By Kristin Bair O’Keeffe
You know a well-developed character when you read one, don’t you? It’s the one that you chatter on about to your friends as if she were a living, breathing human being. The one about whom you find yourself saying things like, “Oh my, is she nuts? I can’t believe ______ did that. What’s going to happen to her now?” The one you obsess about at the office, longing for the workday to end so you can curl up on a subway seat and get back to the book. A character like Liesel in Markus Zusak’s The Book Thief, who haunts you so much that in the middle of the night you pull out the book, click on your Itty Bitty Book light, and read until dawn.
How do you create a character that sticks with readers and makes them want to keep coming back for more?
1. Start with who you know (but good gracious, don’t get stuck there), Lots of writers base characters on people they know, and why not? We’re surrounded by quirky, lovely, interesting people whose personalities and habits are ripe for the picking. So, yes, use the folks in your life to get started on characters, but allow yourself to veer away from the real-life models when it feels right to do so. (For example, if you base a character on Uncle Ted with the kooky hair and the tendency to scratch his chin when he senses trouble, endow your character with those qualities and move on. As your mother would say, one Uncle Ted is enough.)
2. Wreak havoc and see how your characters react. Yup, havoc. Let it roar. A flood? Great. A job loss? Terrific. The death of a secret lover? Oooh, tantalizing. There’s no better way to find out what your characters are made of than by throwing them into a stressful situation in which something dear is at risk and seeing how they react. (Take a look at Trudy Liang’s responses when the Japanese invade Hong Kong in Janice Y. K. Lee’s The Piano Teacher.)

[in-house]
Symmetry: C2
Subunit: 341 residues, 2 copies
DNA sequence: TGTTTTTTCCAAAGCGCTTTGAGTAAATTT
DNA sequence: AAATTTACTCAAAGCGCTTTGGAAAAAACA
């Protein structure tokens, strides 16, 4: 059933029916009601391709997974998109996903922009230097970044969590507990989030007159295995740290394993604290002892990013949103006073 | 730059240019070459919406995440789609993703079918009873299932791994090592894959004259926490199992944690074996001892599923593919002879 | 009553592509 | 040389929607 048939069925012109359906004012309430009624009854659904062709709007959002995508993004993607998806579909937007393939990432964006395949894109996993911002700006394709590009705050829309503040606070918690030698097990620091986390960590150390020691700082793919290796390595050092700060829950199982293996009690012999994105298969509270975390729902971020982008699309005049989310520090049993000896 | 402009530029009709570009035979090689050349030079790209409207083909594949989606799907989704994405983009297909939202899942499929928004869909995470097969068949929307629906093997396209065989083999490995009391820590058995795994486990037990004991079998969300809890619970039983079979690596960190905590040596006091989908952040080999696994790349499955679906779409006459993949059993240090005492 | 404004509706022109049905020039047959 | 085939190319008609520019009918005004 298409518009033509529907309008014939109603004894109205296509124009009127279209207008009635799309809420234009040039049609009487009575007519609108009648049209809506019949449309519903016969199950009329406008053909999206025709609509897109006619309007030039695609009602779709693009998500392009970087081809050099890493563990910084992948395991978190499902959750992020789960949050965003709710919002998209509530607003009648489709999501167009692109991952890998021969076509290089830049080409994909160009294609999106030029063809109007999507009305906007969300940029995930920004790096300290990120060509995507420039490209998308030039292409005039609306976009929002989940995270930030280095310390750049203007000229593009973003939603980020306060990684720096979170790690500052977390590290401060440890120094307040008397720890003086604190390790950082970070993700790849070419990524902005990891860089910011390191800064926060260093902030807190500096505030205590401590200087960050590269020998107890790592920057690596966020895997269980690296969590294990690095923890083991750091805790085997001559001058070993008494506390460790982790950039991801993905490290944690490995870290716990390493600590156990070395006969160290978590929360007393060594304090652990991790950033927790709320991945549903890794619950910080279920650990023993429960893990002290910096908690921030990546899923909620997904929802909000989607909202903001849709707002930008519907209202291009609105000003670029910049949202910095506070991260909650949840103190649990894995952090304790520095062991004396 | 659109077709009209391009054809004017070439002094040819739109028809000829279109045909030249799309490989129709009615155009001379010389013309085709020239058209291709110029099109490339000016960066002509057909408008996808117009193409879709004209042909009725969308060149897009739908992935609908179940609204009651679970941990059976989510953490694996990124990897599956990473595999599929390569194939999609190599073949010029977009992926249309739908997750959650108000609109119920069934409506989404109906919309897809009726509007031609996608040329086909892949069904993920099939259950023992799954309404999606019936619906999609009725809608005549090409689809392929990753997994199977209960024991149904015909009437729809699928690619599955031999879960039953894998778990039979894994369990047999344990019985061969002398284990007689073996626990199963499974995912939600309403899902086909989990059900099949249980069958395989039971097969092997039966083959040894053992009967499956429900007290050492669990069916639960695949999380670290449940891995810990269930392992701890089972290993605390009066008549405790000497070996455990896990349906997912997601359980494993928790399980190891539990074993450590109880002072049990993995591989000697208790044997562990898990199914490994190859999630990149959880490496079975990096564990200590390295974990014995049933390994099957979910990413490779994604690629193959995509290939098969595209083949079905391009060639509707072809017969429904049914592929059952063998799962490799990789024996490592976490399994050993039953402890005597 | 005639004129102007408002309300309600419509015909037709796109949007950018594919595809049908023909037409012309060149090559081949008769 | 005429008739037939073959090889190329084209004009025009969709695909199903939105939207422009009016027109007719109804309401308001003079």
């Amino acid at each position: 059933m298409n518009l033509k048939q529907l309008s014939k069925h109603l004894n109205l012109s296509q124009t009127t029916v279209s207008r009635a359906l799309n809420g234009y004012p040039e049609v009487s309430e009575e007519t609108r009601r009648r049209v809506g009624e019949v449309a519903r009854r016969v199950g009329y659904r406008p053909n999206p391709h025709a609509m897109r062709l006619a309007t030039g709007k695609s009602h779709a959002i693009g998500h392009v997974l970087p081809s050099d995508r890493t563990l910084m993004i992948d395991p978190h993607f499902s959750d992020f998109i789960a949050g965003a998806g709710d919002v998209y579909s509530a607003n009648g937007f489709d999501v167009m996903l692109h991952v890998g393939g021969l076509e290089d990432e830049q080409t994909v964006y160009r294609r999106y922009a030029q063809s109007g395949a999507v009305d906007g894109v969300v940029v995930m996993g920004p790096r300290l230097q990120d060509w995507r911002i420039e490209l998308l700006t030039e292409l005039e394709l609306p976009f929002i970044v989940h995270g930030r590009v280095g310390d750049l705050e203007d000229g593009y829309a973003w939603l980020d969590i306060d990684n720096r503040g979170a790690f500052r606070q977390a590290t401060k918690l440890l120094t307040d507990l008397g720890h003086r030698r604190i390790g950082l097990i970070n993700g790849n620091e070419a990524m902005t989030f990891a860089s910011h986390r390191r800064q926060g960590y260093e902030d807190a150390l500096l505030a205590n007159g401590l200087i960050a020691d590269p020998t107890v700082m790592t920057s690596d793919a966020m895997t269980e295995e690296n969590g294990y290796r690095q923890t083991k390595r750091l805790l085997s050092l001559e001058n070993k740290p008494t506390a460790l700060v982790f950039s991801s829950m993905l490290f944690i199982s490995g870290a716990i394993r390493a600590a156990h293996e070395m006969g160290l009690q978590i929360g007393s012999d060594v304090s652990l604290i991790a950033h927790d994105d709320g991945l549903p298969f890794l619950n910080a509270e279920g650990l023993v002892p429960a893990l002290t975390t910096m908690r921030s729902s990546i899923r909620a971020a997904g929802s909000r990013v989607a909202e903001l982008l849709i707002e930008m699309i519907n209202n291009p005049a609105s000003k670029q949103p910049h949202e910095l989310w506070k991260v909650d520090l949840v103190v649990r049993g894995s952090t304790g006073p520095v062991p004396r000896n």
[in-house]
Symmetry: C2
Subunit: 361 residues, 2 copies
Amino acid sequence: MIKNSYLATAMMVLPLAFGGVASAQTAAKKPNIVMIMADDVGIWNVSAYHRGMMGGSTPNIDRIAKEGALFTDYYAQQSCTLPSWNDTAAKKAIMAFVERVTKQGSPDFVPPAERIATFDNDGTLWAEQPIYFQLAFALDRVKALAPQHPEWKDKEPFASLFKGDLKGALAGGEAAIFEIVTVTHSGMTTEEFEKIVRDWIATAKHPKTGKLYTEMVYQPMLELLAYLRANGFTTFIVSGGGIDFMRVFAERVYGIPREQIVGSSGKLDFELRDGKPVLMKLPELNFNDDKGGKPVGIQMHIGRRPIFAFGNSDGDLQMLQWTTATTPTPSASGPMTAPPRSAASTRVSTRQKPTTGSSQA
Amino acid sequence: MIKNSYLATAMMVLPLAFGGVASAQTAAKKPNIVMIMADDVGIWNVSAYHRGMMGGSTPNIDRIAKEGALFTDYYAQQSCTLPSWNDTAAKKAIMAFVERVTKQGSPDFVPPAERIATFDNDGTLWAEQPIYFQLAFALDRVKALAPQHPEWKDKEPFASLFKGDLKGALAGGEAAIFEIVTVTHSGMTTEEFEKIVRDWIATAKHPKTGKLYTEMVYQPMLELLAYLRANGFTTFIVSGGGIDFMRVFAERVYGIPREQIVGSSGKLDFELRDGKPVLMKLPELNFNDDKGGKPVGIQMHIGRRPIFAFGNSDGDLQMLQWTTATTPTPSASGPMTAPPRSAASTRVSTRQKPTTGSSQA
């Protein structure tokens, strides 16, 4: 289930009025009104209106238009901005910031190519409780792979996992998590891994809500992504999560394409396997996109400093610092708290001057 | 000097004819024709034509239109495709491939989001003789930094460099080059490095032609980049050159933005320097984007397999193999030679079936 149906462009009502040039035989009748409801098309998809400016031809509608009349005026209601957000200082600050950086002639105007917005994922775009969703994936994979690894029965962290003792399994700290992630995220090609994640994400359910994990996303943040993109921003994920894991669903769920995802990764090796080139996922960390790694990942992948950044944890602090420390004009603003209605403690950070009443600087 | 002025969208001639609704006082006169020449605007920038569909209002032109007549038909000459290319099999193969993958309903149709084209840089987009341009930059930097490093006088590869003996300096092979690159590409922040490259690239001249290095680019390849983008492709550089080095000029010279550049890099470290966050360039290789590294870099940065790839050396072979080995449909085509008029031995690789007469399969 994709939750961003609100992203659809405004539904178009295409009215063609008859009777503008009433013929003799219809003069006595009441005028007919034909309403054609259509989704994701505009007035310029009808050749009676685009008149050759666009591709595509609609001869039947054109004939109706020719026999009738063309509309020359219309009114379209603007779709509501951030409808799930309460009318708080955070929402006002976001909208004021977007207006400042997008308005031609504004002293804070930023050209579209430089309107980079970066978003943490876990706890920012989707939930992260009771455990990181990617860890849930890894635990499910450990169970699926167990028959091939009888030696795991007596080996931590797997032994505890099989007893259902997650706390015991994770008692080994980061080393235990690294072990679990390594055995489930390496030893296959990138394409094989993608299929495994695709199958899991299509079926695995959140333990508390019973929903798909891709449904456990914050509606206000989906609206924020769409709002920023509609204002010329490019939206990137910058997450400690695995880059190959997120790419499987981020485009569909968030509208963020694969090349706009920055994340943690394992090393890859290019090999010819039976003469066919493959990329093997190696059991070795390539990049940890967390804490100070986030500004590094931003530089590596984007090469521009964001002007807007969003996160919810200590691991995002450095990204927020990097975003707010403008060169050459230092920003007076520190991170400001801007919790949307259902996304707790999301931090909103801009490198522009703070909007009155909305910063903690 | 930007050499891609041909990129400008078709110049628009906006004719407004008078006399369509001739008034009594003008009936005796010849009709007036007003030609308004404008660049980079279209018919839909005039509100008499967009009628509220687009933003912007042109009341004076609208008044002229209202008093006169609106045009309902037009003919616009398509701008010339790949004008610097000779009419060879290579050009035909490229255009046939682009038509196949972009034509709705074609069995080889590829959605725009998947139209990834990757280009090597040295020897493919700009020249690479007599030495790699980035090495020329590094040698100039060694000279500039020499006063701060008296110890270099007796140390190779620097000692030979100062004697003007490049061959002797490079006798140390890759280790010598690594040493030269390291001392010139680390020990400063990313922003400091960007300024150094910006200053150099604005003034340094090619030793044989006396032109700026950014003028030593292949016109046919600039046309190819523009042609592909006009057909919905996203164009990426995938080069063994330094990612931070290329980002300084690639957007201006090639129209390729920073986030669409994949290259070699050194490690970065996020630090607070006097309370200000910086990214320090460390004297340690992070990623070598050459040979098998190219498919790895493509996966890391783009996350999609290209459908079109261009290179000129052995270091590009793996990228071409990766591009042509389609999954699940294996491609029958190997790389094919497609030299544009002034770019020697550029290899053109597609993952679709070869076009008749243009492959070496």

3. Create human beings (not robots). I don’t know about you, but all the human beings I know are complicated, emotional, multi-faceted, and somewhat flawed in both charming and not-so-charming ways, and when I read a character in a book that is as complex as one of these living, breathing human beings, I feel deeply connected to the story. David Crouse, author of two short story collections-Copy Cats and The Man Back There-is a master of creating three-dimensional characters so real you feel like you met them at a party last Friday. Check out Anthony in “Kopy Cats” (the title story in Copy Cats); you’ll see what I mean.
With all this information about creating lively characters fresh in your brain, set to work on your own characters. Are they well rounded? Will they make readers feel something? Will they make readers come back for more?